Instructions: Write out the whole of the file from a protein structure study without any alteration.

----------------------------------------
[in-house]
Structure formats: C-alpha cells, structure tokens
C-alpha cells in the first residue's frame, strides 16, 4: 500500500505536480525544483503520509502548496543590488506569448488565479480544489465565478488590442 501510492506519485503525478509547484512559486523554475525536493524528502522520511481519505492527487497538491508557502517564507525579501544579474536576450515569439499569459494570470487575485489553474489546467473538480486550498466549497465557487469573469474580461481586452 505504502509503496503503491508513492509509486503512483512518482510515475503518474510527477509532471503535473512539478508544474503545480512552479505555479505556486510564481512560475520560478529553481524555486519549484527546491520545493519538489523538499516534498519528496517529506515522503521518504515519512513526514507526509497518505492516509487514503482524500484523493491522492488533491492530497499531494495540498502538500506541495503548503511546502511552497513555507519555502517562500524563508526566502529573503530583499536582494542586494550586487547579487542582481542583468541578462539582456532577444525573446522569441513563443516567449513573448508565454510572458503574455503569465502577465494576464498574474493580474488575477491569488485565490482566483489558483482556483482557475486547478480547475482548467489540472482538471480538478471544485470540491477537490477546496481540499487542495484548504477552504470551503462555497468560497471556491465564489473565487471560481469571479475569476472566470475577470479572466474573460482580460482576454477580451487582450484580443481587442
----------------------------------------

[in-house]
Structure formats: C-alpha cells, structure tokens
C-alpha cells in the first residue's frame, strides 16, 4: 500500500505536480525544483503520509502548496543590488506569448488565479480544489465565478488590442 501510492506519485503525478509547484512559486523554475525536493524528502522520511481519505492527487497538491508557502517564507525579501544579474536576450515569439499569459494570470487575485489553474489546467473538480486550498466549497465557487469573469474580461481586452 505504502509503496503503491508513492509509486503512483512518482510515475503518474510527477509532471503535473512539478508544474503545480512552479505555479505556486510564481512560475520560478529553481524555486519549484527546491520545493519538489523538499516534498519528496517529506515522503521518504515519512513526514507526509497518505492516509487514503482524500484523493491522492488533491492530497499531494495540498502538500506541495503548503511546502511552497513555507519555502517562500524563508526566502529573503530583499536582494542586494550586487547579487542582481542583468541578462539582456532577444525573446522569441513563443516567449513573448508565454510572458503574455503569465502577465494576464498574474493580474488575477491569488485565490482566483489558483482556483482557475486547478480547475482548467489540472482538471480538478471544485470540491477537490477546496481540499487542495484548504477552504470551503462555497468560497471556491465564489473565487471560481469571479475569476472566470475577470479572466474573460482580460482576454477580451487582450484580443481587442